for logoMy guest this week is a writer of non-fiction. Her book is an exploration of the legacy of the World Wars on mental health – the soldiers who developed shell shock, broke down afterwards or endured their nightmares in silence. And those on the home front too, the families torn apart by grief or traumatised by air raids. Her soundtrack is honest and searching, seeking a way to do justice to a tough subject. There is the gentle despair of Nick Drake, the Question of the Moody Blues, and a reading of Wilfred Owen by Kenneth Branagh. The author is Suzie Grogan and she’s on the Red Blog with her Undercover Soundtrack.

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Bereavement, a bid to exist, a way to control an antisocial persona: why we write

why we write pauline blogWomen-Writing-Women-Box-Set-Cover_finalJPEGsmlFear not, I won’t inflict every post on you that we release for the Women Writing Women campaign, but this is one that celebrates and explores creativity. Pauline Baird Jones invited us to answer the question: why do we write?

Inevitably, this led us all to search for where we started. And here you see something we all have in common – not just the group here but all of us on this journey. Carol Cooper did it to get into the best gigs at college.  Jessica Bell did it because otherwise she felt she’d disappear. Jane Davis did it after a friend died. Kathleen Jones did it when she ran out of stories to read as a child on a remote farm. Orna Ross did it to give an overdramatic teenage personality a safe space to express. Joni Rodgers did it when blood cancer put her into isolation. And me? An overexpressive kid with something to prove, I guess, and too much shyness to be big in real life. Come over to Pauline’s blog and discover the full story.

And if you feel inclined to share, tell me here: why do you write?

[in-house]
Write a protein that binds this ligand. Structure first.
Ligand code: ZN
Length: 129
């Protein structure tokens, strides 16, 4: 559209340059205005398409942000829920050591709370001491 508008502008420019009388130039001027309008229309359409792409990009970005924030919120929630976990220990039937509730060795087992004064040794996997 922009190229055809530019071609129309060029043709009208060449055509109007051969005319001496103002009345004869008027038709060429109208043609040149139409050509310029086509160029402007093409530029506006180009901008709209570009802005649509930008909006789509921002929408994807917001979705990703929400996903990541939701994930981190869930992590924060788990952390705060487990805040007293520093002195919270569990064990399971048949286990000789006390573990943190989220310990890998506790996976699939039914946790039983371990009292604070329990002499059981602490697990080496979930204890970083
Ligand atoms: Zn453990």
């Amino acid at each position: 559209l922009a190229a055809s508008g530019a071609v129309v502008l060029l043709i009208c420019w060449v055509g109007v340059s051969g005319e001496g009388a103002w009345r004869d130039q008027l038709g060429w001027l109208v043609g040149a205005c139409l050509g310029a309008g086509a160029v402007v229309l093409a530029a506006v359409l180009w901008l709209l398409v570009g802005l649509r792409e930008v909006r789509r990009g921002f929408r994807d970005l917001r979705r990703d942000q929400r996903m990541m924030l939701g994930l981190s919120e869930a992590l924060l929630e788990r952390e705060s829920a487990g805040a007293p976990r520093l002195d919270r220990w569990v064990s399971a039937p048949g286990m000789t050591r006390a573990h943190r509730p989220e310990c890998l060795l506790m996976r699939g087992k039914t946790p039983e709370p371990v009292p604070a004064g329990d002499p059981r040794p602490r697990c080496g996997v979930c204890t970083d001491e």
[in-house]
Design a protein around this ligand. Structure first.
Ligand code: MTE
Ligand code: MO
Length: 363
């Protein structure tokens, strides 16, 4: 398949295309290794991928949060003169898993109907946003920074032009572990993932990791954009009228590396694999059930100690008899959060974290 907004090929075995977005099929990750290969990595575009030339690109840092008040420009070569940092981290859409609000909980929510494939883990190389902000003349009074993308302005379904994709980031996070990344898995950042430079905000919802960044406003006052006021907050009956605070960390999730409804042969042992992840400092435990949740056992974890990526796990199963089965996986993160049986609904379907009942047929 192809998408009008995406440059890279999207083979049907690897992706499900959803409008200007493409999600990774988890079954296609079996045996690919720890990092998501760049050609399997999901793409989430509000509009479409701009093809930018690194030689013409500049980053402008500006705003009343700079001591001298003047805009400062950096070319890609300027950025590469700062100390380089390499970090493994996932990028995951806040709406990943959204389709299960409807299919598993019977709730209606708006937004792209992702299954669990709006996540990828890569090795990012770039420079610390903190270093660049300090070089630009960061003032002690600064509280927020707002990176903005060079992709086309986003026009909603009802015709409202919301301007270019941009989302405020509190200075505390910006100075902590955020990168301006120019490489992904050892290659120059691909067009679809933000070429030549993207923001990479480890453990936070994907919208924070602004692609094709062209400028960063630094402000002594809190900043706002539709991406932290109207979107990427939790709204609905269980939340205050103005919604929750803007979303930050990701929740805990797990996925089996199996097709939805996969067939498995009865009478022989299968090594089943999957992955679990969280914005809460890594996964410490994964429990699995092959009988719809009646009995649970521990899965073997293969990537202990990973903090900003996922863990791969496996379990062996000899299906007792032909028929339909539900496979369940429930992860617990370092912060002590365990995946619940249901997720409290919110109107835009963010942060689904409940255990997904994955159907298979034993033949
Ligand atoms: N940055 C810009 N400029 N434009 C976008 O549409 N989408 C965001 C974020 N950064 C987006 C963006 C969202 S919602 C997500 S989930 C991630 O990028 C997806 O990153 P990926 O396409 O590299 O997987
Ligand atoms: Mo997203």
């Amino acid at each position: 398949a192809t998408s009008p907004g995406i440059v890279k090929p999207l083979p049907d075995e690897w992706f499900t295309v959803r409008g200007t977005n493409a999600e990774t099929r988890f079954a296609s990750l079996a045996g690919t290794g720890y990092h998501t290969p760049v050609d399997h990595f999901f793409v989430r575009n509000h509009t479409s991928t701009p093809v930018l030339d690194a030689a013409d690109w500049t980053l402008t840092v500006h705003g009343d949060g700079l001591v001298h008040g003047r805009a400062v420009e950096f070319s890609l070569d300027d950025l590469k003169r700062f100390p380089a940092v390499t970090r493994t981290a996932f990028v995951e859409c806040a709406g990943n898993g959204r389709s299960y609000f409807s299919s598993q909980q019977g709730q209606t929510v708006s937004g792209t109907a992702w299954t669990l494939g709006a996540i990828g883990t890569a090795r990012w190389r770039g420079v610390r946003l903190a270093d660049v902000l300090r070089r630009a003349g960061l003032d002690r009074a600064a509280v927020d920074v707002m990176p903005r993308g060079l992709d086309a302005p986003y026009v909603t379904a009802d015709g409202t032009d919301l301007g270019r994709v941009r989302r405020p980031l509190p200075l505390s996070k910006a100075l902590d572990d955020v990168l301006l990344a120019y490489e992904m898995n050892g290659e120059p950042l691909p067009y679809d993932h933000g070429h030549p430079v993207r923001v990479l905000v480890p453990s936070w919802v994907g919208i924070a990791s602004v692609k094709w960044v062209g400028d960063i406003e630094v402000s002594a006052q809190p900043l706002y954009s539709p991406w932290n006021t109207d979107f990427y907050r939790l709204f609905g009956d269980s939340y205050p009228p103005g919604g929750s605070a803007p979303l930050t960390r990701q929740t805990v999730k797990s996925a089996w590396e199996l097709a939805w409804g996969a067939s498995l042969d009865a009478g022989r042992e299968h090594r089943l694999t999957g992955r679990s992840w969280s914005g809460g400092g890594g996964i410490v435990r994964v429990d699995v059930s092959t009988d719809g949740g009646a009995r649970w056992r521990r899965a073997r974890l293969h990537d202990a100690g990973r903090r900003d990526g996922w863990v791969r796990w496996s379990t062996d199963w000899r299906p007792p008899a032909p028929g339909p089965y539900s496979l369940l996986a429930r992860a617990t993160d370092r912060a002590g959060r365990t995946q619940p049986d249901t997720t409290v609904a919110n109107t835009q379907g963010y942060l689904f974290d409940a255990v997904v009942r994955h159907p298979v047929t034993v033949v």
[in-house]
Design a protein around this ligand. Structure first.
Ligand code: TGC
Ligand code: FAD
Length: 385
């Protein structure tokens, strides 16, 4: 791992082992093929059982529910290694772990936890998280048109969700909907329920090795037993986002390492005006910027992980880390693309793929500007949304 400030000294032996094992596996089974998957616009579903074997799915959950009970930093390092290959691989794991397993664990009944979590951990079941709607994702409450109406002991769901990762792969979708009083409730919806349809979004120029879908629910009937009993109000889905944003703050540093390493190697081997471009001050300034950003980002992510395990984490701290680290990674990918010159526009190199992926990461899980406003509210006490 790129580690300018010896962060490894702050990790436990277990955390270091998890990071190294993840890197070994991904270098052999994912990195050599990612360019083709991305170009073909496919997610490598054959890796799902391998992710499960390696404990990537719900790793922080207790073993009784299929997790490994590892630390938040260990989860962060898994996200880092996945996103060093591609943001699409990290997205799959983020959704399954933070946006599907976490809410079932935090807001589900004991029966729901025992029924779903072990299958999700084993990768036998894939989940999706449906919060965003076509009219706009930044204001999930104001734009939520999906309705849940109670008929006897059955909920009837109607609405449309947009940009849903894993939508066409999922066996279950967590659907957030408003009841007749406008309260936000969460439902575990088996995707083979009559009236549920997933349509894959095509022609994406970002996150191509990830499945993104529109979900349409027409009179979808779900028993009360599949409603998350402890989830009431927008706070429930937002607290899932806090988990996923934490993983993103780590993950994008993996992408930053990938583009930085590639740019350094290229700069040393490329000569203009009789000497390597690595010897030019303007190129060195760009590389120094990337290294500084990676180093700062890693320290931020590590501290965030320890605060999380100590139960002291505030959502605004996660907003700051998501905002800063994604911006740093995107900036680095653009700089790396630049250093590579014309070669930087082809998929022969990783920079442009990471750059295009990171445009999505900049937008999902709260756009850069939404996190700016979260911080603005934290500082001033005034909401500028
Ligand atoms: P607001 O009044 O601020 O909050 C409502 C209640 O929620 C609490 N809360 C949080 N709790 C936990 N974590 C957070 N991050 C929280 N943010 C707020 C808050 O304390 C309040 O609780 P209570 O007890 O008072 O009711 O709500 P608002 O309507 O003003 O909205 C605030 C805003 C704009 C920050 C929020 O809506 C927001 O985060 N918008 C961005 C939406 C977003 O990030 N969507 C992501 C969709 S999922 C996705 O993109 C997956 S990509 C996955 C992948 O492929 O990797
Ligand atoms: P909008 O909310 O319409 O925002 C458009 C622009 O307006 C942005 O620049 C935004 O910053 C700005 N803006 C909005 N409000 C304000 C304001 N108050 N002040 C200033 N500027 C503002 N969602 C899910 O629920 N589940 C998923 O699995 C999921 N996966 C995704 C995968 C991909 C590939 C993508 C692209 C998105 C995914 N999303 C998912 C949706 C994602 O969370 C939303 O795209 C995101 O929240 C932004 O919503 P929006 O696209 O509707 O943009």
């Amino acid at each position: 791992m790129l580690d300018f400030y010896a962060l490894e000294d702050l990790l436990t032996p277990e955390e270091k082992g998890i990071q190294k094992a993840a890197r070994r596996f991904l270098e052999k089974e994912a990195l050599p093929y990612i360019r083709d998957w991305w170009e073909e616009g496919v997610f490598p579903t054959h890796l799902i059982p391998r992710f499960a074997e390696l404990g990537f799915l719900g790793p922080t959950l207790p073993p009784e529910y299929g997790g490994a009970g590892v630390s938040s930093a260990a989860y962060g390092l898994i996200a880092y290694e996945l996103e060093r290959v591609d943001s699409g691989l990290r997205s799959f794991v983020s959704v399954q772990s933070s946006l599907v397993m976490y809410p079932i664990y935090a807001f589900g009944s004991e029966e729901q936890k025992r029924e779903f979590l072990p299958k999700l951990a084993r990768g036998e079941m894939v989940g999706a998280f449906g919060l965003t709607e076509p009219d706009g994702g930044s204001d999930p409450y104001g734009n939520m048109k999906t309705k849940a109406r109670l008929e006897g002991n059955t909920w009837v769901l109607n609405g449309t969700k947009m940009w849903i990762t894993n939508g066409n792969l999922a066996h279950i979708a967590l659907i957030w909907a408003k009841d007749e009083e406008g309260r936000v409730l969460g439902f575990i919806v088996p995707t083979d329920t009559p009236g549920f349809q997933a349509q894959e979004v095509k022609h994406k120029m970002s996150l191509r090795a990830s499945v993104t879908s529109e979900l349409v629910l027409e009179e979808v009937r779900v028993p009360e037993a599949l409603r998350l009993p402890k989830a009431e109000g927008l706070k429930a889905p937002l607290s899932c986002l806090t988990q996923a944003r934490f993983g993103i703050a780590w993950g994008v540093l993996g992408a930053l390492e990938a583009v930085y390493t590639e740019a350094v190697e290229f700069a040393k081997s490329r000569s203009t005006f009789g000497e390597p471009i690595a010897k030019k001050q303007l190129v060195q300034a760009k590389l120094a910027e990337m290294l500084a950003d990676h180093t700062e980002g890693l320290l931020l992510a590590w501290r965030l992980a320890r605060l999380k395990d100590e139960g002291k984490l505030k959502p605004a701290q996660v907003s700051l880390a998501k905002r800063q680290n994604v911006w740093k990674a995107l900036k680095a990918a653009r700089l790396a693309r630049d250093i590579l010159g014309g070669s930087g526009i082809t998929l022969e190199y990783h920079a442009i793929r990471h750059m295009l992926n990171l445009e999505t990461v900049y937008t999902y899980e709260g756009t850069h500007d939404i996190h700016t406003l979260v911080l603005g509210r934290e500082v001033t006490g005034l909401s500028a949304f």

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Seven genre-busting novels – introducing Women Writing Women

Women-Writing-Women-Box-Set-Cover_finalJPEGsmlYou remember I posted recently about authors collaborating? Well, I wouldn’t advise you to do anything I wouldn’t try myself.

If you know me – and some of my friends – on Facebook, you might have seen some coy posts about how we’ll be revealing a big secret project.

Well here it is.

Seven writers of quality indie fiction are releasing an ebook collection called Outside the Box: Women Writing Women.
We’ve each of us proved our worth with awards, fellowships, teaching posts and commercial success. We’ve all self-published to keep our hard-earned independence and our artistic identity. Now we are teaming up to create an ebook box set of novels that feature strong, idiosyncratic female protagonists. And it will be available for just a brief period – from February to May 2015.

Power in a group

Now here’s where we can explore the power of the group. We’ve already been interviewed by The Guardian books pages, Books + Publishing (the Australian counterpart of Publisher’s Weekly) and have interest from the arts programmes of BBC Radio 4. If any of us had approached them on our own, we probably wouldn’t have got even a reply. But together?

We hope there’s more to come. Much more. These last few months we’ve been working behind the scenes, making contacts, sending emails. Certainly I’ll have a lot of learning to share about pre-launch campaigns. I am learning loads from these guys. (I should say ‘women’, but you know what I mean.)

So what do we hope to achieve?

To hit some charts, obviously. To reach readers who are hungry for strong literary fiction beyond the bounds of traditional genre tropes.

We also want to prove that fine, original authors are self-publishing as a mark of independence and integrity, and doing work of value and quality.

You might ask: is that still necessary? Does anyone still consider self-publishing to be ‘vanity’ or second rate? They clearly do, because this is one of the issues we’ve been asked about most frequently. And we have all encountered attitudes in the books world that demonstrate we are regarded as inferior. Try joining a professional body, applying for a grant or entering an award, or requesting a review. (Happily, we are already changing minds. Book bloggers who are wary of self-published books have welcomed us.)

Who are we?
Our coalition is:
Me, obviously (more than 4 million books sold as a ghostwriter, creative writing coach for The Guardian, literary author, editor);
Orna Ross, founder of the Alliance of Independent Authors, named one of the 100 Most Influential People in Publishing by The Bookseller;
Joni Rodgers, author/ghostwriter of multiple NYT bestsellers, short-listed for Barnes & Noble Discover Award;